I was introduced to Esther by a mutual friend in media. This stunning woman stands at least 6” above me, but her kind energy overpowered any feelings of inadequacy on my part. She brings her vision of style, beauty and culture to life with online magazine, Cherry Creek Fashion.
Before we discuss Cherry Creek Fashion, I want to take a deep dive back into the archives of where it all began. You started your career in media when you were a teenager in the Caribbean island of St. Lucia. How did this passion begin for you?
I have always loved creating content from a blank slate! I remember creating my own books before I was 10 and putting on talent shows with my sister and cousins during family gatherings. I started a television production company with my sister Davina in my teens and we produced television shows, ads, music videos and documentaries. It was a fantastic training ground in production and being responsible for the entire process of creating and distributing content. I also began writing for a newspaper and then a magazine, becoming the Senior Fashion Editor. I started modeling when I was 14, so I have a long history in the industry. After a few years I moved to London to get my Master’s Degree in Fashion Journalism. While I was in London, my sister and I also produced our first short film, The Coming of Org. The film got accepted into the short film corner at the Cannes Film Festival and we went there to screen and promote it.
For anyone not in the know, tell us about Cherry Creek Fashion.
I started Cherry Creek Fashion Magazine in January of 2019 as a niche online publication focusing on the Cherry Creek area in Denver. It has now grown to feature personalities and brands all over the state and soon we will be covering other areas of the US and other countries! I produce ten issues of the magazine a year and Cherry Creek Fashion focuses on inclusive stories, community building and the championing of small businesses. We are storytellers, using fashion as a way of sharing the lives of inspiring personalities and the journeys of brands and businesses.
Before landing in Colorado, you lived in London, San Francisco and New York. Do you feel rooted here, or do you see a new destination in your future?
Denver is now home for me and I feel deeply rooted and connected to the city. I have no plans to move but I will always frequently visit my homeland of Saint Lucia where I grew up. Denver is very community-oriented which is similar to Saint Lucia. It’s wonderful to walk through Cherry Creek and stop every couple of blocks to talk to a friend I see on the street or in their store. This is how I grew up so it feels just like home here.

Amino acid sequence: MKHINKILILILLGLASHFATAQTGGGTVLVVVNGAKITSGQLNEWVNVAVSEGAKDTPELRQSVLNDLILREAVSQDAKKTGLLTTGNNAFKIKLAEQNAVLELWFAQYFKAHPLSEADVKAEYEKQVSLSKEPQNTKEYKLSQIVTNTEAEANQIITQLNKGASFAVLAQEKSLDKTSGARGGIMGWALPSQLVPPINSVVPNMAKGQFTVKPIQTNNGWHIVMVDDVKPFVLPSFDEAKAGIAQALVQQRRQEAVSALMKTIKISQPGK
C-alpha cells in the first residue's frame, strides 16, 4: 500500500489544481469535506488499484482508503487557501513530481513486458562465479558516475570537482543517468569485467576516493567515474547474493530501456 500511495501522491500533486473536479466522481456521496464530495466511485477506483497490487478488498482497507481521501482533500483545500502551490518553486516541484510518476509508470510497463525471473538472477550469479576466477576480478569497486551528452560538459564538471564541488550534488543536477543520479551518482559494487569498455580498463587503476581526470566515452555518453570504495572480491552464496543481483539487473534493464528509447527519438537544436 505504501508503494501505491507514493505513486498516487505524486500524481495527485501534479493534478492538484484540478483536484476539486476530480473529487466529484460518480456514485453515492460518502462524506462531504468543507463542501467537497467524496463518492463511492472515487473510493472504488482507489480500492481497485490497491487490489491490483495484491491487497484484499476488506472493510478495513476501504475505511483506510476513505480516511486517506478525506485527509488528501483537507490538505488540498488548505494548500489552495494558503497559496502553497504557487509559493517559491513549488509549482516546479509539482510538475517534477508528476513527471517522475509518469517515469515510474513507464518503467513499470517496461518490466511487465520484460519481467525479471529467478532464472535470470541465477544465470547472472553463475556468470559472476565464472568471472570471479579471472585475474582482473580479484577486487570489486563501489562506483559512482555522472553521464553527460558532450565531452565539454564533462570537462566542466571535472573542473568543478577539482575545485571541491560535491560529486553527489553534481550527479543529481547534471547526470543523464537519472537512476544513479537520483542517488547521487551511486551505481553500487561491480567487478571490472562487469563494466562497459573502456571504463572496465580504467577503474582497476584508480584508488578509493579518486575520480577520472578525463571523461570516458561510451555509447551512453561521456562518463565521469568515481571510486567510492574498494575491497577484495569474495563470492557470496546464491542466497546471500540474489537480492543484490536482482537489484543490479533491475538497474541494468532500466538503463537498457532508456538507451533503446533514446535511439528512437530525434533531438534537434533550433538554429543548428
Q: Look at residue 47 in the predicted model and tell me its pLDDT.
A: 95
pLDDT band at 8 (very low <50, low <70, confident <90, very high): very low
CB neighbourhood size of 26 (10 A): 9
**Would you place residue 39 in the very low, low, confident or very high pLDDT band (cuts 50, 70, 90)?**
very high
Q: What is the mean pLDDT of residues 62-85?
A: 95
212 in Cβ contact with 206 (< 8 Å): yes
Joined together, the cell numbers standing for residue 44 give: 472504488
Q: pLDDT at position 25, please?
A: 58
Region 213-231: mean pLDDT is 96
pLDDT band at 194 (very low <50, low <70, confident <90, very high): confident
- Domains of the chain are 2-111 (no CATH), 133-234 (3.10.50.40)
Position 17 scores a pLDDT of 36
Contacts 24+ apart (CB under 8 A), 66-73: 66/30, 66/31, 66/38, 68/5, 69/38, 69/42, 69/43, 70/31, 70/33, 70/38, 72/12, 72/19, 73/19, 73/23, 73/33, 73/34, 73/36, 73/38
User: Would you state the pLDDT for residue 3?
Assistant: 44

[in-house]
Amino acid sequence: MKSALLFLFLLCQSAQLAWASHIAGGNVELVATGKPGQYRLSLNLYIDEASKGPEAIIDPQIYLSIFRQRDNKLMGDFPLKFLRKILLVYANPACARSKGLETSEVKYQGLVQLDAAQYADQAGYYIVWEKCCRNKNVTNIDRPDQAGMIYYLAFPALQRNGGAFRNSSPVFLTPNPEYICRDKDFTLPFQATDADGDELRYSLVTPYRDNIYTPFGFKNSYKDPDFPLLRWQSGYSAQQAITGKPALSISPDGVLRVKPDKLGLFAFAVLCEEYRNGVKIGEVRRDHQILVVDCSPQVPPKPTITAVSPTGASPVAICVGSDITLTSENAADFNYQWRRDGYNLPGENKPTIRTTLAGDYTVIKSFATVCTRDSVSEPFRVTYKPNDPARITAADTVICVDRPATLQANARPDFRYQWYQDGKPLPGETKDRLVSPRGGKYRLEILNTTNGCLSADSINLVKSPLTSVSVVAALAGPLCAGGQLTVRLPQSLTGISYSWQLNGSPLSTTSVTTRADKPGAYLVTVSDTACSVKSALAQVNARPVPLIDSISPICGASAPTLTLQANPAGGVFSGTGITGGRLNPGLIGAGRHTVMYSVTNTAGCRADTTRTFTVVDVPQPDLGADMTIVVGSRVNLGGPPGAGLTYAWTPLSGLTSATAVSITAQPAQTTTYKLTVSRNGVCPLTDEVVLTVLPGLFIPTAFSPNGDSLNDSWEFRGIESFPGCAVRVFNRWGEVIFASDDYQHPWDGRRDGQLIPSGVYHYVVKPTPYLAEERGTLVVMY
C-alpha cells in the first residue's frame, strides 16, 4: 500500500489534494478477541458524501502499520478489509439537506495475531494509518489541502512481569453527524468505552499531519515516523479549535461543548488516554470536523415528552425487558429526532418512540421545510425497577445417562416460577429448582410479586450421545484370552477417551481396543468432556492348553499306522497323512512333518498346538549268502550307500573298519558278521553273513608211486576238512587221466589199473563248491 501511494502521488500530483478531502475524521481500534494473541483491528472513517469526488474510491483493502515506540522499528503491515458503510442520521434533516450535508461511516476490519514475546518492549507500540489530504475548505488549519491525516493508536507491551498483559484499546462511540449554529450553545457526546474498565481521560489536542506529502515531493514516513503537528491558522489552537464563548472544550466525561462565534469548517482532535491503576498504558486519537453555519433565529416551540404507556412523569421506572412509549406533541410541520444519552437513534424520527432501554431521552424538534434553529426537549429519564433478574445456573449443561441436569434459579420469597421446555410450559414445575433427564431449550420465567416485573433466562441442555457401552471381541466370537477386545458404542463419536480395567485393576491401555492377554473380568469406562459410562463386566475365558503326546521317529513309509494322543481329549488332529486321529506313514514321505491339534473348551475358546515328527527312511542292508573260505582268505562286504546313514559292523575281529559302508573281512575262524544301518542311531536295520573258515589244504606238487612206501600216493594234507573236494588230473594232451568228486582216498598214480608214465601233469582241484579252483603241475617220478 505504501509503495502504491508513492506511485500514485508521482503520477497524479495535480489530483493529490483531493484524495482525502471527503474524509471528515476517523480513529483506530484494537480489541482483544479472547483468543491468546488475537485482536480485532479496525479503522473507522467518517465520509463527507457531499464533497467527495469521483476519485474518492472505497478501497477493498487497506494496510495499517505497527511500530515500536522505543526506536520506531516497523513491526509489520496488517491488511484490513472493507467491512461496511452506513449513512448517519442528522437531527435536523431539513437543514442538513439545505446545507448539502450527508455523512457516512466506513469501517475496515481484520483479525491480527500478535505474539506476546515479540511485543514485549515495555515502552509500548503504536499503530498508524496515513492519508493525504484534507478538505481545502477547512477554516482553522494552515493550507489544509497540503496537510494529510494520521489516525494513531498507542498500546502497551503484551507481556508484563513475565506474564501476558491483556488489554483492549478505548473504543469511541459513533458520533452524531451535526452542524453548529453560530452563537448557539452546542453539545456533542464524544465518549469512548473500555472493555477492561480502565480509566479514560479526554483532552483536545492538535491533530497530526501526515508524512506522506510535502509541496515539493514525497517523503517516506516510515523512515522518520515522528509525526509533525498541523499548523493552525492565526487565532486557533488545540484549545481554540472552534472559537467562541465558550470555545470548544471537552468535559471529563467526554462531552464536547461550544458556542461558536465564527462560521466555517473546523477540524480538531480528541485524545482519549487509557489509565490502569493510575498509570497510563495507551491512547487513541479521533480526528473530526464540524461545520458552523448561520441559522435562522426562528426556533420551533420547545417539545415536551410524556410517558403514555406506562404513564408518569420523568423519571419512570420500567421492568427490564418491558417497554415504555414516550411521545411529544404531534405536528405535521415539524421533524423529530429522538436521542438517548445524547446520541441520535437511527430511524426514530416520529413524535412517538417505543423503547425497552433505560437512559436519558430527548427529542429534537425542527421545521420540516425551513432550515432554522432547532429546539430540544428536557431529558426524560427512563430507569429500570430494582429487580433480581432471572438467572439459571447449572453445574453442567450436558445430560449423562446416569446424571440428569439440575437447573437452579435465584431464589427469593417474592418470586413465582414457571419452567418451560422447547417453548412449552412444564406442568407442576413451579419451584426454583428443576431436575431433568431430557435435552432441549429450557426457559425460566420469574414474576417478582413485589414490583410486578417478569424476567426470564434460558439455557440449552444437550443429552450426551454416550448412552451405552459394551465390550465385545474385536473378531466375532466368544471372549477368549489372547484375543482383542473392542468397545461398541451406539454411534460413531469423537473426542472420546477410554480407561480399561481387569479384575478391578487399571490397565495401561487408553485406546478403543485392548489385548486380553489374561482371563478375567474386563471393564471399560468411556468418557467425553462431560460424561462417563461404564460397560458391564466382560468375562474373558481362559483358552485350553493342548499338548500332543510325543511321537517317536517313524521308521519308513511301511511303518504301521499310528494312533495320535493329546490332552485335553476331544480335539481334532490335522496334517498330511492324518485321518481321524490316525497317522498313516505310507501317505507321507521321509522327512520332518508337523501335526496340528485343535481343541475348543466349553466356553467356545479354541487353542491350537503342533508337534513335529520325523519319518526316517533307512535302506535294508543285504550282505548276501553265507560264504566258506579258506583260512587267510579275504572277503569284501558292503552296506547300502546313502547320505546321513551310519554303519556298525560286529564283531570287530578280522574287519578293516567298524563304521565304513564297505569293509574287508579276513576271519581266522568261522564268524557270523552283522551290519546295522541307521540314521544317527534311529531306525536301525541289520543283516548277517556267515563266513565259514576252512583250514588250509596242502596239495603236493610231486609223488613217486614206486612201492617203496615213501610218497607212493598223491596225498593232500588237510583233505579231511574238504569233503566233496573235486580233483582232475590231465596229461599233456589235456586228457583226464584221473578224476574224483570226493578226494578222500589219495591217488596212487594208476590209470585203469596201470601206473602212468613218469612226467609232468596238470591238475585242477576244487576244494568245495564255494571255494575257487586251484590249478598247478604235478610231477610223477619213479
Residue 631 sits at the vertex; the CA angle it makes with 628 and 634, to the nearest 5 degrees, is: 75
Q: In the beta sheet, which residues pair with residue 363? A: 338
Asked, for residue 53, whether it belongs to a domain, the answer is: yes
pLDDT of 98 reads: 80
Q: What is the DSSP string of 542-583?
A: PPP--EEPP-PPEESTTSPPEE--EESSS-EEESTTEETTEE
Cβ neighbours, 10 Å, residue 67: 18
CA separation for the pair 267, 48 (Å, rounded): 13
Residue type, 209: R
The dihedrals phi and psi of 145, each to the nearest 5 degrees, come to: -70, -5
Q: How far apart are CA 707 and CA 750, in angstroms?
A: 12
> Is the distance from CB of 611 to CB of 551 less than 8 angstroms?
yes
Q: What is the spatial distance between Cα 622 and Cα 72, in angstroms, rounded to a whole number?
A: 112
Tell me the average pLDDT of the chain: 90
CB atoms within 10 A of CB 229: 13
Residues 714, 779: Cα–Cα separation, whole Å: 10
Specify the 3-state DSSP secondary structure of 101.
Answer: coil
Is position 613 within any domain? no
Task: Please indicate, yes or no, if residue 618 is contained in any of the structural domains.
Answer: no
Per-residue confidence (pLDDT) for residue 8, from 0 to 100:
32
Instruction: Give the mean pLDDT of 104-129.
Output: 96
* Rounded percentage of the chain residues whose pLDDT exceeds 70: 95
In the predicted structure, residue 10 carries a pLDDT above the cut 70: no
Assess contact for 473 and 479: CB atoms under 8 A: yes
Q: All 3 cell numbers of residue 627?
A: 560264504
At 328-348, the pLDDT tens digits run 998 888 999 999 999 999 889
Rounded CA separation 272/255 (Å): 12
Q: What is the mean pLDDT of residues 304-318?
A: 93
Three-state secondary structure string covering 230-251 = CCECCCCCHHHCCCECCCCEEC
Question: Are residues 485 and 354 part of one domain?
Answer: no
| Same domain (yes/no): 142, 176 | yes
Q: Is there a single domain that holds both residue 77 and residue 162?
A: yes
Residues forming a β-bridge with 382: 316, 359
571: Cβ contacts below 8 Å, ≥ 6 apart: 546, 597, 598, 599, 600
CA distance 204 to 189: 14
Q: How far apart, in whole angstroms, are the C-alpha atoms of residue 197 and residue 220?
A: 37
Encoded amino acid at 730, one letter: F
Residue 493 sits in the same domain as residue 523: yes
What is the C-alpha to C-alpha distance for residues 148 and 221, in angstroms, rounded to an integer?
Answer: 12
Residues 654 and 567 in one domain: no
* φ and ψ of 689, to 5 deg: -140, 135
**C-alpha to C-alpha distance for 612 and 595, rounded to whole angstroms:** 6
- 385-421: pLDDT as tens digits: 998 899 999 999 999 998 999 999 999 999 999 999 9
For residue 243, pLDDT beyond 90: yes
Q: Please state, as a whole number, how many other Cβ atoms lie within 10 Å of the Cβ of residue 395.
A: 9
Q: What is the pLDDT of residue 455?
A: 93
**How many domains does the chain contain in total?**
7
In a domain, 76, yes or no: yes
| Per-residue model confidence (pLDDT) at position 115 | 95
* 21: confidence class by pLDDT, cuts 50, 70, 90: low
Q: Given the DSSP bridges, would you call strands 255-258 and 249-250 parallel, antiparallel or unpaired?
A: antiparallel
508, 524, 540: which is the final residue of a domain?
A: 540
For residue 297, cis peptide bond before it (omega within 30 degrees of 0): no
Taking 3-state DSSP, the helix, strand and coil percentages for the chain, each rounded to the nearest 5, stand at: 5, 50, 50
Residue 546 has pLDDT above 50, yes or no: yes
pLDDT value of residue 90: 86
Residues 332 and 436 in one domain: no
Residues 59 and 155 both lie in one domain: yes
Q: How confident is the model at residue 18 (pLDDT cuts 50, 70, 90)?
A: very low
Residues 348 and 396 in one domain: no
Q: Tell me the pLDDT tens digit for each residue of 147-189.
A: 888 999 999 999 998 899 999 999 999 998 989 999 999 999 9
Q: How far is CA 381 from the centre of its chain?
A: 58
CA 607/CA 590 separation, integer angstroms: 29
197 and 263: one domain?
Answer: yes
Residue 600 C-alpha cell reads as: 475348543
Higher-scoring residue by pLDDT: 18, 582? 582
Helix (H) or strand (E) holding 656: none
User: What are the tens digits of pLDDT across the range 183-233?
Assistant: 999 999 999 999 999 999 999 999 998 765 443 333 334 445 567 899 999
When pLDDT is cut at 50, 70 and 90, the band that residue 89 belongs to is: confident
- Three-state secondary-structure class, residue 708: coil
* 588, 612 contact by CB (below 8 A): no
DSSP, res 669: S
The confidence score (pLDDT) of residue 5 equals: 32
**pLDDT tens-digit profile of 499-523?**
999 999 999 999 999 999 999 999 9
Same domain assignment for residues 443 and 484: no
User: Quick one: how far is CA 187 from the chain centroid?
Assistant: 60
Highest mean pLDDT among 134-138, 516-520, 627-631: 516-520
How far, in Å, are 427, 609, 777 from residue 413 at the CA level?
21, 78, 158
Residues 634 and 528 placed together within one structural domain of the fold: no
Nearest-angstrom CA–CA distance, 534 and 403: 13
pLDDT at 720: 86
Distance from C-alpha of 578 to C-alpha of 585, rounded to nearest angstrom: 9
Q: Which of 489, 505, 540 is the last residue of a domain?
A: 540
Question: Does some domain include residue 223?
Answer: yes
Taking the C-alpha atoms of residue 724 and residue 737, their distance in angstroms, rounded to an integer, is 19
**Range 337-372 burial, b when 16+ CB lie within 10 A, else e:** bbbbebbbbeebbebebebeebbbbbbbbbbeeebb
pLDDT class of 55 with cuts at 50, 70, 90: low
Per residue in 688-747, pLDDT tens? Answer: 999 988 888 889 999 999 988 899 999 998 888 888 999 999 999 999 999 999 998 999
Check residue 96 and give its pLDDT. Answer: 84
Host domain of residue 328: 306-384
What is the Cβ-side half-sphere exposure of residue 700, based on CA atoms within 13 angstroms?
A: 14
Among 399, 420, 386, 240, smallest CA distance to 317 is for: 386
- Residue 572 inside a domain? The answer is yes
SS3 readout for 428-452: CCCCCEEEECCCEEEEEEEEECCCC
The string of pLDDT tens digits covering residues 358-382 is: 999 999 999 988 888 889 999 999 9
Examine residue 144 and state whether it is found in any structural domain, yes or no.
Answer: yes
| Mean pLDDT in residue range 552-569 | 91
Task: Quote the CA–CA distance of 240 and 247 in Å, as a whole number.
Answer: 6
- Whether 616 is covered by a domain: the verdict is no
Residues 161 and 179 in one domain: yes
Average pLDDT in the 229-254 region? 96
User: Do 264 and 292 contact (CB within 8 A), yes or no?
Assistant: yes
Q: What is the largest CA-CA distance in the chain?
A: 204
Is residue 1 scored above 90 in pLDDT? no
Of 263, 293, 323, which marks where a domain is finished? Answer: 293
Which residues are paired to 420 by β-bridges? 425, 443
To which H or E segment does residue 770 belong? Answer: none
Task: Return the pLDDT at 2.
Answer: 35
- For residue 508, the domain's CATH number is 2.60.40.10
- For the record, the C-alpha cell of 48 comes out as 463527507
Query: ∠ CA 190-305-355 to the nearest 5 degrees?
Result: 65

Speaking of roots, you are deeply connected with the community. Tell us a little about your other endeavors.
I couldn’t do what I do without being deeply connected and involved in my community. One of the first things I did when I started Cherry Creek Fashion, was to join the Cherry Creek Chamber of Commerce. This has been invaluable to the success of my business. I serve on the Women’s Committee for the Chamber and I try to support other businesses in any way that I can. I am also on the board of Cherry Arts which not only produces the Cherry Creek Arts Festival but also does very important work in making art more accessible to communities who rarely get a seat at the art table.
How did the pandemic change the way you work?
I am extremely lucky that Cherry Creek Fashion is a digital publication, which means that I can pivot and change very quickly when necessary. I have continued producing issues as usual but we have had to do smaller shoots and use outdoors when we can.
What advice would you give other working mothers who are looking to understand the basic rules of fashion, but continually put themselves on the back burner?
I would say to keep it simple! Get a fashion formula that works for you and then throw in some more dramatic pieces. I wear a lot of skinny pants and button up blouses or v-neck tees. I have a collection of jackets and blazers that I throw on top to keep it interesting. And never chase the trends, wear whatever works for you. If a clothing piece works for me, I buy it in multiple colors and create different outfits from the same look. And you never have to blow your budget! I love designer pieces but I wear a lot of basics from Uniqlo when I work. They have the best tees and fitted cardigans. When you go shopping always plan what you need to buy ahead. Look through your closet and see what basics are missing.
So glad to have Esther Lee Leach in our midst. To learn more about her thoughtful publication, visit cherrycreekfashion.com.